Proceedings of the International Conference on Japanese Literature in Japan, Vol. 26 (2003), s. 35-44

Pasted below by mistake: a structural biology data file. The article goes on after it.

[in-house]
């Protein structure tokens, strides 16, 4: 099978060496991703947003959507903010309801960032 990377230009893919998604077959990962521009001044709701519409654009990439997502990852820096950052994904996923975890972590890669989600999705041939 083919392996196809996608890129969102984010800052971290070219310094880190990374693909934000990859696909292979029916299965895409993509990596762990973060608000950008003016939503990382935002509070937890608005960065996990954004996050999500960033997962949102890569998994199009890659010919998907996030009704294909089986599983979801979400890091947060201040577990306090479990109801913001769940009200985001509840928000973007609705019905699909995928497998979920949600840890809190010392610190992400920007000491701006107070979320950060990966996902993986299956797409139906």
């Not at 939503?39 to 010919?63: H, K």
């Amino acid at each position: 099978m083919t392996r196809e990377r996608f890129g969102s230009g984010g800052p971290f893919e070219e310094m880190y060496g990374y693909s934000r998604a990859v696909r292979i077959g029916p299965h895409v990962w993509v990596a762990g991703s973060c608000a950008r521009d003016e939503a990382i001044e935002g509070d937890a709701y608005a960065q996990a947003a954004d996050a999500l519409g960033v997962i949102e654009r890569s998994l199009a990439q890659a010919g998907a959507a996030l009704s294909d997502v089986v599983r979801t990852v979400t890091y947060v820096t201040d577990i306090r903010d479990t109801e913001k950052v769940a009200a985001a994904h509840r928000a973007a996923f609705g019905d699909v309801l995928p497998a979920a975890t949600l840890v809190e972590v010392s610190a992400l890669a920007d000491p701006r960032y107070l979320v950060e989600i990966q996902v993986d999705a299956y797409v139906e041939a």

In this paper I would like to explain – taking a history of the early Heian period as a background – the process of creation of national (i.e. Japanese) culture by the aristocracy who – since the An Lu-Shan’s Rebellion – could observe from the Japanese Archipelago the first symptoms of the decline of the Tang dynasty in China. The Japanese of the Heian period, who – from the Chinese perspective – “lived at the frontiers of culture” (see: Umehara Takeshi, 2001) while being almost perfectly bilingual , did not deny Chinese culture, but on the other hand, they adapted from it the best and the most suitable aspects for their artistic images. I would like to show that process of aesthetical adaptation on the basis of an analysis of the part of “The Tosa Diary”, which is called to be a representative literary work in the Japanese literature of the 10th century. I think that the so often mentioned eclecticism of the work was not Ki no Tsurayuki’s isamiashi, i.e. literary failure (see: Hagitani Boku, 2000). In this paper I would like to prove that “The Tosa Diary” is a completed and intentionally written literary work (with the most important goal to discuss with the Chinese culture of the Tang dynasty), and its eclecticism was rather a result of groping for new expressions and a new literary genre in the process of creation of national culture.